Tenant satisfaction measures- what you need to know
1 January 2023
This article was first published on the Batchelor’s Solicitors website prior to its merger with Birketts.
The Regulator of Social Housing (RSH) will begin collecting information on tenants’ satisfaction from 1 April 2023, after confirming the new tenant satisfaction measures (TSMs) that social landlords will be judged against.
Under these new consumer standards, social landlords and associations will be marked against 22 performance criteria to ensure they are providing a decent service and safe accommodation to tenants.
These new measures are part of an overhaul of social housing regulation following the events of the Grenfell Tower disaster.
The purpose of TSMs is to create a tenant-focused system, where the needs of residents are better understood and dealt with.
What elements will be assessed?
The new definitive list of what landlords will be assessed on can be broken down as follows:
- Overall satisfaction
- Keeping properties in good repair
- Maintaining building safety
- Safety checks
- Respectful and helpful engagement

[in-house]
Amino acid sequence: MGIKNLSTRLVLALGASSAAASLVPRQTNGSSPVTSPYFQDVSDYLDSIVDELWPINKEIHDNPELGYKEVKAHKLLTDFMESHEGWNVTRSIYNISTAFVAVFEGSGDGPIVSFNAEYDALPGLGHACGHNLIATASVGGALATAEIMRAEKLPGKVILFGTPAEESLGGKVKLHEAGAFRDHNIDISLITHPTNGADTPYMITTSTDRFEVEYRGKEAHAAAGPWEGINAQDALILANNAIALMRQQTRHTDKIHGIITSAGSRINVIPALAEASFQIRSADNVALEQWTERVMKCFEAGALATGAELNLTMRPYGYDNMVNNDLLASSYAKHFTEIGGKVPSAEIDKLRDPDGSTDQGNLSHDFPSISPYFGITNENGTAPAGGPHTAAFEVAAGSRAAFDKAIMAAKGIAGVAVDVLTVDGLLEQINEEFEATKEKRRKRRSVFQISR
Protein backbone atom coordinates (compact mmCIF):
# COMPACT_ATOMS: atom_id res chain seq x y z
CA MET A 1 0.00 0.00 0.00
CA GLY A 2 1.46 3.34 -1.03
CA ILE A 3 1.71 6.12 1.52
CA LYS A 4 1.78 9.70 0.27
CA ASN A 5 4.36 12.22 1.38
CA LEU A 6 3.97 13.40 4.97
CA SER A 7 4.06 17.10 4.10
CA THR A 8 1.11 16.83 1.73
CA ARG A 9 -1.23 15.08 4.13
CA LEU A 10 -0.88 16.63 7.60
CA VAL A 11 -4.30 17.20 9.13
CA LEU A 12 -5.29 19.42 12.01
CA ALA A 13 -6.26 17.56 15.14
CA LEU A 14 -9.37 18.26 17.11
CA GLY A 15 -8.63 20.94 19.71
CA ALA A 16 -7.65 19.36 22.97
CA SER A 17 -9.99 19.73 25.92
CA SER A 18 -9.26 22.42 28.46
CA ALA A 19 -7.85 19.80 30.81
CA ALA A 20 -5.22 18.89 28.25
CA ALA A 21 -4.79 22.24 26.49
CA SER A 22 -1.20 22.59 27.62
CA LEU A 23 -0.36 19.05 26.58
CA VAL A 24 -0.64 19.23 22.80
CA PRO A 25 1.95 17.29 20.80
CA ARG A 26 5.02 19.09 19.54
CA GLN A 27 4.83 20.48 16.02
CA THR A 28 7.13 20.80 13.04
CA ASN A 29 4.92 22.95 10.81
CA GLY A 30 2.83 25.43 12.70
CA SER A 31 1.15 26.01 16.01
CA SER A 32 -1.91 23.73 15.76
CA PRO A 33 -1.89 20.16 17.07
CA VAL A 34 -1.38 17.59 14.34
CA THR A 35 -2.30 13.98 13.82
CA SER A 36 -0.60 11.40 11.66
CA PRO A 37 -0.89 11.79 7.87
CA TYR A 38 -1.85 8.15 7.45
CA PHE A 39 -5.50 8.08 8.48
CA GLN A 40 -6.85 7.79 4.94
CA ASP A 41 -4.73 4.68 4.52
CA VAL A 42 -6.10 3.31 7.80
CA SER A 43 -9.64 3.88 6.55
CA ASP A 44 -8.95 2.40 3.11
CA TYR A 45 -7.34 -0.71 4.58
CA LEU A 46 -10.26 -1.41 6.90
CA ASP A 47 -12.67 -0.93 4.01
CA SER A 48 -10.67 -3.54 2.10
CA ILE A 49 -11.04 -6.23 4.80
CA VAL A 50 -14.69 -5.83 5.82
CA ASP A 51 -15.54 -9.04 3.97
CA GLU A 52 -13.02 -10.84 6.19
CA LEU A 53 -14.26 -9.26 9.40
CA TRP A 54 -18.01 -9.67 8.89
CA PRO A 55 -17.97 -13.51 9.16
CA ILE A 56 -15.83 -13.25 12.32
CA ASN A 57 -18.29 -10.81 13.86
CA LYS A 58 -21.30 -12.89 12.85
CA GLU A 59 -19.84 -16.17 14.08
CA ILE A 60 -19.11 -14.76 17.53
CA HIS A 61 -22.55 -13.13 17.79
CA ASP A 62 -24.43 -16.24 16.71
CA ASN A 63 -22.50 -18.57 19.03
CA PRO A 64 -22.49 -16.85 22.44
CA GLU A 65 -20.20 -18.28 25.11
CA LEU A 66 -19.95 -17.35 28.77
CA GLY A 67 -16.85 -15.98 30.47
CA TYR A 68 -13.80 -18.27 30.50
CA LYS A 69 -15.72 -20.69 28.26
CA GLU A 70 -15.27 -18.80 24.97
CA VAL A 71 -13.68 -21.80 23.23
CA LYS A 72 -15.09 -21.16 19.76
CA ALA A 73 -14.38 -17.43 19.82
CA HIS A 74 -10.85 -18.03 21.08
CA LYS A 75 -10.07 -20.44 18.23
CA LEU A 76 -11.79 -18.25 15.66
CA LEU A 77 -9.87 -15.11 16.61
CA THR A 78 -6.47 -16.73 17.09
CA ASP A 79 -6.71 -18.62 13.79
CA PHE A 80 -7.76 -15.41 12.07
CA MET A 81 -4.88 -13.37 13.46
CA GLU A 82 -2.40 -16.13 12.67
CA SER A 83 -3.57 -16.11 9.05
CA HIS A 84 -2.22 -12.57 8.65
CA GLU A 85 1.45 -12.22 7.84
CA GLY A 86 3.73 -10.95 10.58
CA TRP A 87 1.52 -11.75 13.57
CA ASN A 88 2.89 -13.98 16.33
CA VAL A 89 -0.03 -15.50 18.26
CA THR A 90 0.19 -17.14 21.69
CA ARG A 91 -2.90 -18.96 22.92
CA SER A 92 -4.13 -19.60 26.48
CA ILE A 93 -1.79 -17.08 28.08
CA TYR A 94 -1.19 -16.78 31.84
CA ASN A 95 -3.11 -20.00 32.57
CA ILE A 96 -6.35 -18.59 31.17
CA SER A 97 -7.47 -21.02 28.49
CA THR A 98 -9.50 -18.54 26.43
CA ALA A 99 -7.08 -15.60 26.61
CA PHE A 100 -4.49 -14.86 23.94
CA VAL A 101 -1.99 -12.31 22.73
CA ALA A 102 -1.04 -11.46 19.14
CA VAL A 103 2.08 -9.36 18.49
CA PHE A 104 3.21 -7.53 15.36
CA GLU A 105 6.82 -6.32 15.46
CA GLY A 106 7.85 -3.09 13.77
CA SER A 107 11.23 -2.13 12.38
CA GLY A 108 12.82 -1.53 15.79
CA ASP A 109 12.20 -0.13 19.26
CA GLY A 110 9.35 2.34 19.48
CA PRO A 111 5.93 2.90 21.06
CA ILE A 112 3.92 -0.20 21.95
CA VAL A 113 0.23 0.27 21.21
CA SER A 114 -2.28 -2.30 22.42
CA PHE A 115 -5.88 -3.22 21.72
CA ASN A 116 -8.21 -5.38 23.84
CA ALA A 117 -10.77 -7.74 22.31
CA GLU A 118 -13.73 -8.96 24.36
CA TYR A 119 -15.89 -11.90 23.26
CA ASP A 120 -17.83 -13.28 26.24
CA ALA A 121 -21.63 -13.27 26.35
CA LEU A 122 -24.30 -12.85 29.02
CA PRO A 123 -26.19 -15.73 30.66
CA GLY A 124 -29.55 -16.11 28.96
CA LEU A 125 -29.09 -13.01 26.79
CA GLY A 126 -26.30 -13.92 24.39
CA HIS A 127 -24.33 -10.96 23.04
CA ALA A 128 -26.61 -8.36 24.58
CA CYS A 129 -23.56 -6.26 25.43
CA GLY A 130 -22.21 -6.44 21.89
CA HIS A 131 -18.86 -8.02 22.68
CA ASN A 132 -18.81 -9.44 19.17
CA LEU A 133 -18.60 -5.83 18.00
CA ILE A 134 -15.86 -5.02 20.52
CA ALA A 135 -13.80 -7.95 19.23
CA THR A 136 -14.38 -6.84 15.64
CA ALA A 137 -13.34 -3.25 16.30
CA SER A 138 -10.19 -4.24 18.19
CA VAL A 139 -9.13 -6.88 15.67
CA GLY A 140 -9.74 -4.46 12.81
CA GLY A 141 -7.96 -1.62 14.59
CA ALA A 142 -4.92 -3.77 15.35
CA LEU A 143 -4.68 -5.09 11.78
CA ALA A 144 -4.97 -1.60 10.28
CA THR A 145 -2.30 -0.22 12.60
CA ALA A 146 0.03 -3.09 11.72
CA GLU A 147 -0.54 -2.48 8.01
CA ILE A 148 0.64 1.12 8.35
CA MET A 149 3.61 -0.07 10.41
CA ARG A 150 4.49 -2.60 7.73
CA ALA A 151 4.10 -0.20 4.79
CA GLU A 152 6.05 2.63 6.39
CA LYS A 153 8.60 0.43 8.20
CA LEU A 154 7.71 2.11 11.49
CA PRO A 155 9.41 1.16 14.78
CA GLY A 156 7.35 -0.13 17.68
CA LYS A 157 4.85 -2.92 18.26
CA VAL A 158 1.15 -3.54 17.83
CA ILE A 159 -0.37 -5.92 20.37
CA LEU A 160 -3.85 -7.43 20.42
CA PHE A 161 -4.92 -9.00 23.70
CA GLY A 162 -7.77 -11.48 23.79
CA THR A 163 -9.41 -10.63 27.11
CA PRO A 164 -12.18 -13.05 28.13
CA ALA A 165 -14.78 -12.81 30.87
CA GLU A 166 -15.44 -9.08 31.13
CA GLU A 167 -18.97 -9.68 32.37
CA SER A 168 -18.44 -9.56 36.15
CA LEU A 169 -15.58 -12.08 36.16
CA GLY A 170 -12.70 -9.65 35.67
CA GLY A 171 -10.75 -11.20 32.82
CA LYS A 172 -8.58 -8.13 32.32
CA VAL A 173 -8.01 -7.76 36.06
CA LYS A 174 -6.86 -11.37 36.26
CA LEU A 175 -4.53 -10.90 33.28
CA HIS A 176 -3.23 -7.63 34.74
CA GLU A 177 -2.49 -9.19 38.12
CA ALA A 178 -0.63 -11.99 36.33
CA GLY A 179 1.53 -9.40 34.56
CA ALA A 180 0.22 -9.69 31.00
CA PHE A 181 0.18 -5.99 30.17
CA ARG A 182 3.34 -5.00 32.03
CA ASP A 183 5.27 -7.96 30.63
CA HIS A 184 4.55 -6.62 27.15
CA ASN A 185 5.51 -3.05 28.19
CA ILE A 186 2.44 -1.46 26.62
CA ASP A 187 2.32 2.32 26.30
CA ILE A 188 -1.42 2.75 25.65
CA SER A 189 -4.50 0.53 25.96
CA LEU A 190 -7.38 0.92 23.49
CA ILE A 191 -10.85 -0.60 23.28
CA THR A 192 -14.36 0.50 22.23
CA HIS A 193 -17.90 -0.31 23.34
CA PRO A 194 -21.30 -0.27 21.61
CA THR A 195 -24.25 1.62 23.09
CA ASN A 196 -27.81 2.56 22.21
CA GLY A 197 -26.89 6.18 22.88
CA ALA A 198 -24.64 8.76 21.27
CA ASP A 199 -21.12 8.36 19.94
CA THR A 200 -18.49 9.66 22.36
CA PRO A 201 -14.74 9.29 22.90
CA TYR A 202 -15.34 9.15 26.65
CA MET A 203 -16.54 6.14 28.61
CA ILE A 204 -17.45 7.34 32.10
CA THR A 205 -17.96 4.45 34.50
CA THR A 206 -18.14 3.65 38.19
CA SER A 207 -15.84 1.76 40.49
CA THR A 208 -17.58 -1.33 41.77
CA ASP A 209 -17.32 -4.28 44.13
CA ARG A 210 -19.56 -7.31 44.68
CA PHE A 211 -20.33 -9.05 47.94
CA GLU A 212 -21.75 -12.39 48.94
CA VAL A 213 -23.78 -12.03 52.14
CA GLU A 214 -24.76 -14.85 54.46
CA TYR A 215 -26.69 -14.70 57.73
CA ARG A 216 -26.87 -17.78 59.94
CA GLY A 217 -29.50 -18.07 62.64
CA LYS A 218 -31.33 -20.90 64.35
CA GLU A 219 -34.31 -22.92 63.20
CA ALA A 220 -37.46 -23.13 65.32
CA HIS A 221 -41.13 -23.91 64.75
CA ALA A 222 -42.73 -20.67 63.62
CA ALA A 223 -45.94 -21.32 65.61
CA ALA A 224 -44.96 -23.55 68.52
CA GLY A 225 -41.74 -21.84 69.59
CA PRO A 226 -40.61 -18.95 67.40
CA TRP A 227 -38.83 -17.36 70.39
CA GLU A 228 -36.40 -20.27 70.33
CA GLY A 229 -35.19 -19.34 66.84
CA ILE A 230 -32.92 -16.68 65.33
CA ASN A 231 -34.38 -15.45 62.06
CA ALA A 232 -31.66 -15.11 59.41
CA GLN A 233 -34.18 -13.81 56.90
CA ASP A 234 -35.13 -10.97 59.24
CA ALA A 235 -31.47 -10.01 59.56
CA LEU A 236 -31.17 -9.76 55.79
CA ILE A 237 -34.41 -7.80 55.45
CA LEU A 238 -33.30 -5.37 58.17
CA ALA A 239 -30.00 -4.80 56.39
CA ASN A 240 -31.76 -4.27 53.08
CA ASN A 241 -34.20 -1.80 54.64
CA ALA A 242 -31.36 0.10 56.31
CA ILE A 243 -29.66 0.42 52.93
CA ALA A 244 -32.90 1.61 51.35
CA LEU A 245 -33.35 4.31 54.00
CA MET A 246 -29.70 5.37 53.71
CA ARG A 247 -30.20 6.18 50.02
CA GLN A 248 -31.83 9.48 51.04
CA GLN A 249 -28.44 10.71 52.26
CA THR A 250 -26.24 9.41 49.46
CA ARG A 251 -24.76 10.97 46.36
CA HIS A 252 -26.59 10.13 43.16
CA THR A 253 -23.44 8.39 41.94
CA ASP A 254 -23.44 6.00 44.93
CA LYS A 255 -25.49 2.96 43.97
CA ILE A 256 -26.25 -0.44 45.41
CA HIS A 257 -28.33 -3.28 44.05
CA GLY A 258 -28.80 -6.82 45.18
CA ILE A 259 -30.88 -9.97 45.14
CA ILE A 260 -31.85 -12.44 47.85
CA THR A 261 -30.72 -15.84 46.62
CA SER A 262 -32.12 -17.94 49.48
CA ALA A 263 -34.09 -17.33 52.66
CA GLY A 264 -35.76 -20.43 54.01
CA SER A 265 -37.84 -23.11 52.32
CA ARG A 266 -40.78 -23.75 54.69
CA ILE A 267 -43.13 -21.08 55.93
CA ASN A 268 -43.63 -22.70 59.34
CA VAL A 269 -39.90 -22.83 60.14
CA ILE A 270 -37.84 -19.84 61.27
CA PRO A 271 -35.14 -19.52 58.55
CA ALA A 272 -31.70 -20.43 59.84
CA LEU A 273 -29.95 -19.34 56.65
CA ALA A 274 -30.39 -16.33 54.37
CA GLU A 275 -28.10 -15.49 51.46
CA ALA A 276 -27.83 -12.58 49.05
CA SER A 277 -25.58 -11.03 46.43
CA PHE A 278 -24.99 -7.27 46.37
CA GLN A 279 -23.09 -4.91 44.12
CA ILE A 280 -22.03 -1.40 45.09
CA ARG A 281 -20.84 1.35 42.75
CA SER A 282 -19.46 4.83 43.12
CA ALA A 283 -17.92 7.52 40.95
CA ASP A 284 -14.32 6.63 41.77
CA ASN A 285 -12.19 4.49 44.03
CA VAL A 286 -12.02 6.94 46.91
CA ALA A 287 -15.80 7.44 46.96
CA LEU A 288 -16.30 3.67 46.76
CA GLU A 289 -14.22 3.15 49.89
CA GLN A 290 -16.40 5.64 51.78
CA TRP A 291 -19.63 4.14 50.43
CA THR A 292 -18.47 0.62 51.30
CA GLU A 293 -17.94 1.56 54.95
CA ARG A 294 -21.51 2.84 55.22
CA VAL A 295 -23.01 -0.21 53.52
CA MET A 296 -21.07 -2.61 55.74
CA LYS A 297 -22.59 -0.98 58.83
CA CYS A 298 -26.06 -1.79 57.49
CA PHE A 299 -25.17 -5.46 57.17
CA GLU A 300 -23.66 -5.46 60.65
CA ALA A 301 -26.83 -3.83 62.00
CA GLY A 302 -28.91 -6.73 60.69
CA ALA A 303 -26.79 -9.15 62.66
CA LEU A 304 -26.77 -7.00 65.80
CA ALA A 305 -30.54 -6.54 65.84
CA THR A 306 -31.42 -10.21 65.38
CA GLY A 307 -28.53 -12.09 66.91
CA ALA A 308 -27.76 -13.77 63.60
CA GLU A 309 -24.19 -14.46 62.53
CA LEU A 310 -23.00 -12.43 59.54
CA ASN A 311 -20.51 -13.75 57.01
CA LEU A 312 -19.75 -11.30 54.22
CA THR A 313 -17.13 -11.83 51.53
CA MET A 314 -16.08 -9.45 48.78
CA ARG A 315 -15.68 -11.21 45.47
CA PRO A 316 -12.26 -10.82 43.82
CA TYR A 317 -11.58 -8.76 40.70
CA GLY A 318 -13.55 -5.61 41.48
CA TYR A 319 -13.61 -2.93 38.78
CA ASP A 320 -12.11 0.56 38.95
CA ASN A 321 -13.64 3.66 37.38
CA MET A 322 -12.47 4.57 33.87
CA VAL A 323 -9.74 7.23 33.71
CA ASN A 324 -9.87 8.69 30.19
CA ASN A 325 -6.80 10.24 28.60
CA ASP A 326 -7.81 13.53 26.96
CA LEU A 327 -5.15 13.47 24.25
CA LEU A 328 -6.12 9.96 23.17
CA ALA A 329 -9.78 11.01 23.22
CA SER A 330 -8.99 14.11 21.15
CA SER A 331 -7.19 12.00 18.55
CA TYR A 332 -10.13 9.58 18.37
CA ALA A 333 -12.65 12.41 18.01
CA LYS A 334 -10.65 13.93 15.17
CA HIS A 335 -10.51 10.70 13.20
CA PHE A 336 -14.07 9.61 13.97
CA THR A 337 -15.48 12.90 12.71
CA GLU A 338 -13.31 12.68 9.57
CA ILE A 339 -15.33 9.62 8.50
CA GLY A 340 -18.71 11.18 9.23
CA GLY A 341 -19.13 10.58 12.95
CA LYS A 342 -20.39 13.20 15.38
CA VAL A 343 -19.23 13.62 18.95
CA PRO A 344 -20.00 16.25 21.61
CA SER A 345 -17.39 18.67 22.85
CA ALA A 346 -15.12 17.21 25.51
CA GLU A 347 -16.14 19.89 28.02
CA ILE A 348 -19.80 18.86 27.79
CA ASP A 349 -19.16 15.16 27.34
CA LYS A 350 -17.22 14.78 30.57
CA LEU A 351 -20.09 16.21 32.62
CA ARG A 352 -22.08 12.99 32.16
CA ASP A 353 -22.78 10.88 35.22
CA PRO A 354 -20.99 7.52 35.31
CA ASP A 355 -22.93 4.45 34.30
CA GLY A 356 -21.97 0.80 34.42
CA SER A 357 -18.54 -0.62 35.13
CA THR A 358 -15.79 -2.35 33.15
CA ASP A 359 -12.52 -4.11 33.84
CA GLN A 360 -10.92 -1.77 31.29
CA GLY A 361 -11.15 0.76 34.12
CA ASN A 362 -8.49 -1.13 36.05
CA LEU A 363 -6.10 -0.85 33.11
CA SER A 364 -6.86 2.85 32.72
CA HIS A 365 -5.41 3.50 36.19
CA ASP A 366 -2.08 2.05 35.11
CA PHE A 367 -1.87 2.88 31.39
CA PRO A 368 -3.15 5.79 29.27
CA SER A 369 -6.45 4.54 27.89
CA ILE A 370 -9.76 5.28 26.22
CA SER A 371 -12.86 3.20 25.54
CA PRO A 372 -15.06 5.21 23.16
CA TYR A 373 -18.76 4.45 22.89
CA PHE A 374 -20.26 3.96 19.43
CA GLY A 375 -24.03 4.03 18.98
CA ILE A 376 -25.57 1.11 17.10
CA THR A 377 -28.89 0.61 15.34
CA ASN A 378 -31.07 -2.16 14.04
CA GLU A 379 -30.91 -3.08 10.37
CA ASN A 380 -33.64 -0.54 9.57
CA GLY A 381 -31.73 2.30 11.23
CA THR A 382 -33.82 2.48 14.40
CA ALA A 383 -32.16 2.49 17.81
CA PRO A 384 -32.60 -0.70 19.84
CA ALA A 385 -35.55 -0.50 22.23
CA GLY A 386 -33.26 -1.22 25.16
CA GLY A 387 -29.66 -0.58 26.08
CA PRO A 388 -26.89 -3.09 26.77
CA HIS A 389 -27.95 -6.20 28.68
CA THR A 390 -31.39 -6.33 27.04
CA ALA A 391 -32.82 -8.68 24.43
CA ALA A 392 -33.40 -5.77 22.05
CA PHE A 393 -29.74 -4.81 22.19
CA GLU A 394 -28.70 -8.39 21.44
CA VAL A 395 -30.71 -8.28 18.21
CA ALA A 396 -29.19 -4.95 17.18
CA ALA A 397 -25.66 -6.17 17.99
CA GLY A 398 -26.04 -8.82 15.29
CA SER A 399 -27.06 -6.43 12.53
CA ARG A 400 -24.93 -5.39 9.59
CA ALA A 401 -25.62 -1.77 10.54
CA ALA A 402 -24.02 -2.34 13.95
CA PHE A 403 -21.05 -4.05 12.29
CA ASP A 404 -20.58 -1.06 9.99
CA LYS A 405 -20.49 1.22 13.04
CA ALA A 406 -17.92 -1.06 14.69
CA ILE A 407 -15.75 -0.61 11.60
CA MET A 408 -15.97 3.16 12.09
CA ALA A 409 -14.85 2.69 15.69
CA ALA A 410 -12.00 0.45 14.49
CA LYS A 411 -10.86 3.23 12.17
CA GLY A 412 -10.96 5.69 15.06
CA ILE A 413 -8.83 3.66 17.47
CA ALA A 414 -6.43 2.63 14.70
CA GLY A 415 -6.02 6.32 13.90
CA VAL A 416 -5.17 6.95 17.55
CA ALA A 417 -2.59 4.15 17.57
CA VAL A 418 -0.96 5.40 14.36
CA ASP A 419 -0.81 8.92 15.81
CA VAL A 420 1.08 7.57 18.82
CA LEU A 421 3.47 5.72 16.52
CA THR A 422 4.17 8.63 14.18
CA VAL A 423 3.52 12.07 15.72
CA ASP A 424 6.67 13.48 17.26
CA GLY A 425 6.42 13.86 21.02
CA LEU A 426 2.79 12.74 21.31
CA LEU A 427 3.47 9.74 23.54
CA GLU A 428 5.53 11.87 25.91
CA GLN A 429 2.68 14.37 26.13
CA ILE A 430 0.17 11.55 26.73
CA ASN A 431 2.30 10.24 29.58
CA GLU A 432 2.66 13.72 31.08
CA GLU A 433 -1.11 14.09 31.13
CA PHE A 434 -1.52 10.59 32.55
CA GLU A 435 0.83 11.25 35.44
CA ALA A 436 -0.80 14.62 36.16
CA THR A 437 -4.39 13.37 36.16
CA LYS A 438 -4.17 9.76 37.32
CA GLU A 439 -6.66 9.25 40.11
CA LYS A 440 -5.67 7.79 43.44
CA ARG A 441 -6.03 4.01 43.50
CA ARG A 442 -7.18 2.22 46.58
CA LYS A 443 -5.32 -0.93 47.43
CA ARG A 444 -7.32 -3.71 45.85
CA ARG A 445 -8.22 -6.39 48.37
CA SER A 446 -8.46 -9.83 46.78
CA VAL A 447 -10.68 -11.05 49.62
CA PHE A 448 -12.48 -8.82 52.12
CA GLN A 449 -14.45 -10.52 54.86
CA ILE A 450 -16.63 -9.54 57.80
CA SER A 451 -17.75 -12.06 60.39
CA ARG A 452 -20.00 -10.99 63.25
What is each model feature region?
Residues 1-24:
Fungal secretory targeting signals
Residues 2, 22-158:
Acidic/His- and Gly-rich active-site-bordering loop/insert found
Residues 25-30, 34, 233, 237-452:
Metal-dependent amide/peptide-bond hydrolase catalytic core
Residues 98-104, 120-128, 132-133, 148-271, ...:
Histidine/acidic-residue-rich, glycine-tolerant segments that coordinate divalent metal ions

- Effective handling of complaints
- Responsible neighbourhood management
These are then further broken down into the 22 criteria, the full list for which can be found here.
Under the initial TSM proposals, all tenants were to be surveyed on their landlord’s complaint handling. However, this element has since been dropped as it could potentially include views from tenants who had never made a complaint and, therefore, provide unreliable data.
Instead, following consultation with tenants and landlords, it will measure tenants’ knowledge of how to make a complaint.
The definition of anti-social behaviour (ASB) has also been amended to exclude domestic abuse and to include hate incidents.
What are landlords required to do?
From April next year, landlords will be required to start collecting data for TSMs from all of their social tenants and then in the summer of 2024 they must send the first year of TSM data to the RSH. The results of these surveys will then be published in the autumn of 2024.
“Tenants have a right for their voices to be heard,” said Housing Secretary, Simon Clarke. “We will continue to work with the regulator to hold providers to account over poor-quality homes.”
If you have any questions about TSMs and how they may affect you or your organisation, please get in touch.
The content of this article is for general information only. It is not, and should not be taken as, legal advice. If you require any further information in relation to this article please contact the author in the first instance. Law covered as at January 2023.